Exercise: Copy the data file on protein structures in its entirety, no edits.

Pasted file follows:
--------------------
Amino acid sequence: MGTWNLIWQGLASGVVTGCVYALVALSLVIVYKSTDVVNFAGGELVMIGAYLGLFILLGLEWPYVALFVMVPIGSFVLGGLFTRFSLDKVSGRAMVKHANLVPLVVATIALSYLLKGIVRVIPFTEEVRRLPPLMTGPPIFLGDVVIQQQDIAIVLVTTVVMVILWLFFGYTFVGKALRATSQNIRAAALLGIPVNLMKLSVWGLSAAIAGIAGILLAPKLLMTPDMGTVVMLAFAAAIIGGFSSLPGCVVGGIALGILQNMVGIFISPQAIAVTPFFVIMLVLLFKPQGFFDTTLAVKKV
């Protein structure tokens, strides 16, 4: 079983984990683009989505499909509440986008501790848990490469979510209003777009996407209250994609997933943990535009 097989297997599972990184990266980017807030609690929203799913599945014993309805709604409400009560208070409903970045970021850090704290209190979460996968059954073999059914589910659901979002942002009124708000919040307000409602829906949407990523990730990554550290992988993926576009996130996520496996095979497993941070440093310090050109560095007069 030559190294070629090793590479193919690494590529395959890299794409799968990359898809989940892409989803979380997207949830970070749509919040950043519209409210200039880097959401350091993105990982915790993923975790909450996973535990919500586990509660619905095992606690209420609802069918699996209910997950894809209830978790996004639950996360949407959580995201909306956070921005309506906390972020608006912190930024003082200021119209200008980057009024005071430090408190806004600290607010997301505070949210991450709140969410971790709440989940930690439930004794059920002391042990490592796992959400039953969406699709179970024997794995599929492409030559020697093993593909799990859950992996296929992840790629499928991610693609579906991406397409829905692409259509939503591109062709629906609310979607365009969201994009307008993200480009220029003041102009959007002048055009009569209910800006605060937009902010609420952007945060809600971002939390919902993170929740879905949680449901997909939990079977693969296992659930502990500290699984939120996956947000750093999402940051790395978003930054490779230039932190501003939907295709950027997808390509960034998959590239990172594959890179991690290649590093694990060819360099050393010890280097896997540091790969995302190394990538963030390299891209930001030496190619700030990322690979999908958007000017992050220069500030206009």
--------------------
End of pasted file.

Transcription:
Amino acid sequence: MGTWNLIWQGLASGVVTGCVYALVALSLVIVYKSTDVVNFAGGELVMIGAYLGLFILLGLEWPYVALFVMVPIGSFVLGGLFTRFSLDKVSGRAMVKHANLVPLVVATIALSYLLKGIVRVIPFTEEVRRLPPLMTGPPIFLGDVVIQQQDIAIVLVTTVVMVILWLFFGYTFVGKALRATSQNIRAAALLGIPVNLMKLSVWGLSAAIAGIAGILLAPKLLMTPDMGTVVMLAFAAAIIGGFSSLPGCVVGGIALGILQNMVGIFISPQAIAVTPFFVIMLVLLFKPQGFFDTTLAVKKV
């Protein structure tokens, strides 16, 4: 079983984990683009989505499909509440986008501790848990490469979510209003777009996407209250994609997933943990535009 097989297997599972990184990266980017807030609690929203799913599945014993309805709604409400009560208070409903970045970021850090704290209190979460996968059954073999059914589910659901979002942002009124708000919040307000409602829906949407990523990730990554550290992988993926576009996130996520496996095979497993941070440093310090050109560095007069 030559190294070629090793590479193919690494590529395959890299794409799968990359898809989940892409989803979380997207949830970070749509919040950043519209409210200039880097959401350091993105990982915790993923975790909450996973535990919500586990509660619905095992606690209420609802069918699996209910997950894809209830978790996004639950996360949407959580995201909306956070921005309506906390972020608006912190930024003082200021119209200008980057009024005071430090408190806004600290607010997301505070949210991450709140969410971790709440989940930690439930004794059920002391042990490592796992959400039953969406699709179970024997794995599929492409030559020697093993593909799990859950992996296929992840790629499928991610693609579906991406397409829905692409259509939503591109062709629906609310979607365009969201994009307008993200480009220029003041102009959007002048055009009569209910800006605060937009902010609420952007945060809600971002939390919902993170929740879905949680449901997909939990079977693969296992659930502990500290699984939120996956947000750093999402940051790395978003930054490779230039932190501003939907295709950027997808390509960034998959590239990172594959890179991690290649590093694990060819360099050393010890280097896997540091790969995302190394990538963030390299891209930001030496190619700030990322690979999908958007000017992050220069500030206009």